Why is my Car Overheating with a New Thermostat?

There’s no more annoying situation than driving away from the mechanics having been told your issue is now fixed and discovering there is still something wrong with your vehicle. In this case we will talk about what to do if your car starts to overheat after having just received a new thermostat.

What does this mean? Is the new part faulty, incorrectly fitted or is there some other issue at play? We will discuss all the possibilities and also explain in more detail exactly what the car's thermostat actually does for your car.

What Is the Car's Thermostat and What Does It Do?

Just like the thermostat in your own house a car's thermostat is designed to detect temperature and adjust operations within the system to respond accordingly. The ideal running temperature for a car is between 195 – 220 degrees Fahrenheit.

This is a palm-sized component that plays a very essential role in protecting your engine from costly damage. It is vital to ensure that the optimum temperature range is being maintained so an operating thermostat is a must.

So exactly how does this little part do this highly important job? Well simply put it’s all about the coolant in our cars. The thermostat is located between the engine and the radiator and is essentially a valve. As coolant moves around our engines it picks up the heat from the system warming it up.

Once coolant reaches a certain temperature it is warm enough to cause a specialized wax in the thermostat to expand. When this wax expands it allows the coolant to take a journey through the radiator until it cools down.

Once the coolant has cooled back down it reenters the engine block and continues to circulate as before pulling the heat out of the system. While the coolant is in the safe temperature range it simply continues to circulate in the block and only enters the radiator when it’s too hot.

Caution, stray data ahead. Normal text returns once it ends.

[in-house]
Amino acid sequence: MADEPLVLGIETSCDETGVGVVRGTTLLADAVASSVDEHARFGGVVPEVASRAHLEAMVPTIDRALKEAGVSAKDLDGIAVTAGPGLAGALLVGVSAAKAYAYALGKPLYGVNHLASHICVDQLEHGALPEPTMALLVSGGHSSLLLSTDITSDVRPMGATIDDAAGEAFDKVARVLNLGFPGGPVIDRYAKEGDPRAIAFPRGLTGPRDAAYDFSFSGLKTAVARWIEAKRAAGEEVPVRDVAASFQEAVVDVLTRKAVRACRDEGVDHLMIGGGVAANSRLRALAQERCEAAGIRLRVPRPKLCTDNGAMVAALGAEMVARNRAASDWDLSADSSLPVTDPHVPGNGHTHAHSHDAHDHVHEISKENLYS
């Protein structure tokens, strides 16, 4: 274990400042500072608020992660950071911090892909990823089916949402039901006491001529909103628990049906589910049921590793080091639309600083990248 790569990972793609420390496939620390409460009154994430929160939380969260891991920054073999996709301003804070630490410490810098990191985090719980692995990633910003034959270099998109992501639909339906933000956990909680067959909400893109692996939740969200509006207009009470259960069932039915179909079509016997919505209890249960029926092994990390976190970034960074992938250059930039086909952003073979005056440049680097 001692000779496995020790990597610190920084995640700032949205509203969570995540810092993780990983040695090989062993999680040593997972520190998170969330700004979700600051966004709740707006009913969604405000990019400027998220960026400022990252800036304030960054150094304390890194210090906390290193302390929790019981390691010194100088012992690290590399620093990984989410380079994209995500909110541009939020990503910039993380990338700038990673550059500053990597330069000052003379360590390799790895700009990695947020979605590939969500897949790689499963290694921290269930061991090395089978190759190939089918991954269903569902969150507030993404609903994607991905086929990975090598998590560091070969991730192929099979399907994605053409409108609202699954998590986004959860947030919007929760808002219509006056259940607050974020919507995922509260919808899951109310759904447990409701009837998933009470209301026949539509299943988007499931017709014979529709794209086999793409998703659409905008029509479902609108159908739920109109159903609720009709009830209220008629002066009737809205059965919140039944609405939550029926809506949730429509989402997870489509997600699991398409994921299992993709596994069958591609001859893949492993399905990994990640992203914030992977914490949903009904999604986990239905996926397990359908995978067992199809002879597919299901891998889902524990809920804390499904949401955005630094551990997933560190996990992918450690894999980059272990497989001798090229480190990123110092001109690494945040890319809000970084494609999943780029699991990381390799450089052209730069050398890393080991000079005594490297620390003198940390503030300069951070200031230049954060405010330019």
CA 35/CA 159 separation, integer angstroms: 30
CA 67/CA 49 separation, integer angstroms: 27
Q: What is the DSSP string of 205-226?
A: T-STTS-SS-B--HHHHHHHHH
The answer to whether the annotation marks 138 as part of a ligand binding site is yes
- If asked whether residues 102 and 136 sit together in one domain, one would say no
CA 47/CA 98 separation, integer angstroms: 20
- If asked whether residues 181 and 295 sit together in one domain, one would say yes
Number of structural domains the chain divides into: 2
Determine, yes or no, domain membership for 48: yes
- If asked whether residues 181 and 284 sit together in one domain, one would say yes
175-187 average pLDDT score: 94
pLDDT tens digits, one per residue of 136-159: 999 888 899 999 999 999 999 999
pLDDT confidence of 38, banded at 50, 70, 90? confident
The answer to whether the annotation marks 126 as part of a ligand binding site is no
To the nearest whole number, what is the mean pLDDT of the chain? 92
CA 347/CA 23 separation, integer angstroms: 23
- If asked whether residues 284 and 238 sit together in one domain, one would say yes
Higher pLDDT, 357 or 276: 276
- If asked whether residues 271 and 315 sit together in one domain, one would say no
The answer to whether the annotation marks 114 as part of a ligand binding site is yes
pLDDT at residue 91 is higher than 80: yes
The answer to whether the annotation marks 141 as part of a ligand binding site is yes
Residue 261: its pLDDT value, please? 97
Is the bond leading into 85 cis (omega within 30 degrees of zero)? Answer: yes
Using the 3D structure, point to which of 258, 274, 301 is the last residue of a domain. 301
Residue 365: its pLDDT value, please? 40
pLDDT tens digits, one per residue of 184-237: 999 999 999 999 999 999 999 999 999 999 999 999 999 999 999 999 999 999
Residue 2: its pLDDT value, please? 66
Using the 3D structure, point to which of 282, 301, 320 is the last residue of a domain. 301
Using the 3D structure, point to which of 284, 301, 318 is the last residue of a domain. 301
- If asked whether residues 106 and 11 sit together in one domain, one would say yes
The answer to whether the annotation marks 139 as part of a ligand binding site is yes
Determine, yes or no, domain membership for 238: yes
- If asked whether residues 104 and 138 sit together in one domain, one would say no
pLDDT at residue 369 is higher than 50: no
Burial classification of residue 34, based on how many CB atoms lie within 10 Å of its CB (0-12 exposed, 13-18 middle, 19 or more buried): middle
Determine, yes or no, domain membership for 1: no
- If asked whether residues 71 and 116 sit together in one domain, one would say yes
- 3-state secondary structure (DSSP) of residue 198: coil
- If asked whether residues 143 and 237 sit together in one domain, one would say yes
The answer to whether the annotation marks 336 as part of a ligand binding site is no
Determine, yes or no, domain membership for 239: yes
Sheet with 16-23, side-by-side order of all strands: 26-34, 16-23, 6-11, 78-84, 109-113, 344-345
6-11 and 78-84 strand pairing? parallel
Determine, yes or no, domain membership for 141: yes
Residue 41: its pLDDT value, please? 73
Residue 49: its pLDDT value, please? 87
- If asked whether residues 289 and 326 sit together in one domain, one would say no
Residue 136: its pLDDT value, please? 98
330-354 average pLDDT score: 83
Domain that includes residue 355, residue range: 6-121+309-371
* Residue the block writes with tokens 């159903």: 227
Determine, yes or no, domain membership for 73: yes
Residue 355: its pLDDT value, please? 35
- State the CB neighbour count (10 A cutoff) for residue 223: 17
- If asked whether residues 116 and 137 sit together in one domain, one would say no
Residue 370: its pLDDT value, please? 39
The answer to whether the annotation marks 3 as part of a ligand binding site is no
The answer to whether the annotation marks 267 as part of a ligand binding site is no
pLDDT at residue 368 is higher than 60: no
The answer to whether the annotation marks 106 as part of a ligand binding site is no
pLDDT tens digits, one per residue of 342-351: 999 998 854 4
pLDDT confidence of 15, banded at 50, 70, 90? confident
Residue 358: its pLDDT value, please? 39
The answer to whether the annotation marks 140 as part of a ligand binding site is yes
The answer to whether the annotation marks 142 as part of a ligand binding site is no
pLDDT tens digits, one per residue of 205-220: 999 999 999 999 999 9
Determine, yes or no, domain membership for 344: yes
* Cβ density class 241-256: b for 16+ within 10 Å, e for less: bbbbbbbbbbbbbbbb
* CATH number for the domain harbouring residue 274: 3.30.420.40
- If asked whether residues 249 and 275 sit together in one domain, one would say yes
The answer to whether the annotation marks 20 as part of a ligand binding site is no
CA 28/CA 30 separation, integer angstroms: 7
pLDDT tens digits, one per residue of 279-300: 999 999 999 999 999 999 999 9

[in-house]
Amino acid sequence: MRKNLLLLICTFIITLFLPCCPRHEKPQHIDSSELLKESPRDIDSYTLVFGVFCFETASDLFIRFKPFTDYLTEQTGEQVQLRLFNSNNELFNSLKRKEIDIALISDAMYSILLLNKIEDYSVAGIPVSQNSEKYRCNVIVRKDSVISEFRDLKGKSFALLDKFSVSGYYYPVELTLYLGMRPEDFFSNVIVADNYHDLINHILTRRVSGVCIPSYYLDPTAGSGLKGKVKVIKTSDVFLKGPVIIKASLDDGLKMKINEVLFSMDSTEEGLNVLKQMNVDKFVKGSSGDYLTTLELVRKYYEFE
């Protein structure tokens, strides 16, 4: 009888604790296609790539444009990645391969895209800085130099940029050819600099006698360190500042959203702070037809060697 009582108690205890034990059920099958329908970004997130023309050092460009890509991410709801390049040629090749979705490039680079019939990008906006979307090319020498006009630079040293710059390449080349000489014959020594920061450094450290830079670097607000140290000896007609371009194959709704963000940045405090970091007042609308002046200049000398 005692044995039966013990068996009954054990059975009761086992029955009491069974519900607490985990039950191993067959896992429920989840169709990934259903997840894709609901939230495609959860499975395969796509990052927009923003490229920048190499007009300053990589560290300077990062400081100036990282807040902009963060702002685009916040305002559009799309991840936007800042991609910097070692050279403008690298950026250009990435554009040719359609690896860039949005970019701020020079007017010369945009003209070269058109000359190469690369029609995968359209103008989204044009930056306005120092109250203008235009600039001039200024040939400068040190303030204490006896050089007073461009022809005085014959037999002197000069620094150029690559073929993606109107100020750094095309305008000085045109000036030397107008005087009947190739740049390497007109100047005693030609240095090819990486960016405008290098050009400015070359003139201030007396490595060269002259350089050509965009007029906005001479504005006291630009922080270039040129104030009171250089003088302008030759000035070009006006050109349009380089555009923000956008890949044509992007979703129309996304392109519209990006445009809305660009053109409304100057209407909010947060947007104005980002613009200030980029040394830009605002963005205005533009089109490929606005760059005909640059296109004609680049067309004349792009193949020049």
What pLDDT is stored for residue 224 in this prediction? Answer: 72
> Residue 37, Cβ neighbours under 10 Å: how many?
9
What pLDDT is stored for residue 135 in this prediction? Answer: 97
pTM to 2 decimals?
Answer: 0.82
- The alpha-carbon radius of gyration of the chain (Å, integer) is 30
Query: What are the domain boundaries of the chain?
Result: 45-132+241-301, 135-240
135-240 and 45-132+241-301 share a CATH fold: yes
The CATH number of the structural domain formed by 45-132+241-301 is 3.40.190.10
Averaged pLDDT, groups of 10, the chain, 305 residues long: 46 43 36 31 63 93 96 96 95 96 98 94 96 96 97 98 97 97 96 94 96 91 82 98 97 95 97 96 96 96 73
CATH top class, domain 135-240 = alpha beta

How to Spot a Faulty Thermostat

One of the most obvious indications that a thermostat is not doing its job is the car literally overheating. You have an engine temperature gauge on your dashboard somewhere so it is usually very obvious when this is happening.

A constant high temp is an indication that either the thermostat is not working or that some other issue is making it impossible for the thermostat to keep up with cooling operations.

A drop in engine performance or suddenly noticeable drop in fuel economy can also be an indication that the engine is not being cooled correctly and may be experiencing thermostat issues.

How Much Does Replacing a Thermostat Cost?

A car's thermostat usually isn’t one of the most expensive parts as depending on the model of your vehicle the part itself could be as low as $10 to buy. A mechanically proficient owner could probably then replace their own thermostat relatively inexpensively.

A trip to a mechanic might cost you $200 - $300 to replace a thermostat depending on the make and model of your vehicle. Obviously this isn’t a paltry amount of money but when it comes to cars it’s among the least expensive trips you’ll like to make to a garage.

Is the New Part Faulty?

A reputable and good mechanic will always check their work is operating before they sign off and send you on their way. They are able to test if the new thermostat is operating so realistically there should be no reason for the part to not be working if it is indeed brand new and fitted correctly.

Of course there is always the possibility however that the mechanic has failed in their job and the part is either not as advertised or incorrectly fitted. If the part does work fine though then there may potentially be other issues at play making it impossible for the thermostat to do its job.

What Else Can be Wrong?

The assumption may have been made that the thermostat was at fault initially and this was the reason for the engine overheating issue. A failure to explore potential deeper problems with the cooling system could make a new thermostat worthless.

There are a number of possible faults in the system that could be causing the overheating of the engine. When these are the case even the thermostat can’t remove the heat quickly enough and in fact can be broken by the intense temperatures involved.

A Faulty Water Pump

Also known as the coolant pump, a faulty water pump can be the cause of a car's engine overheating. This centrifugal pump moves the coolant liquid through the radiator where it should ideally be being cooled down before reentering the engine.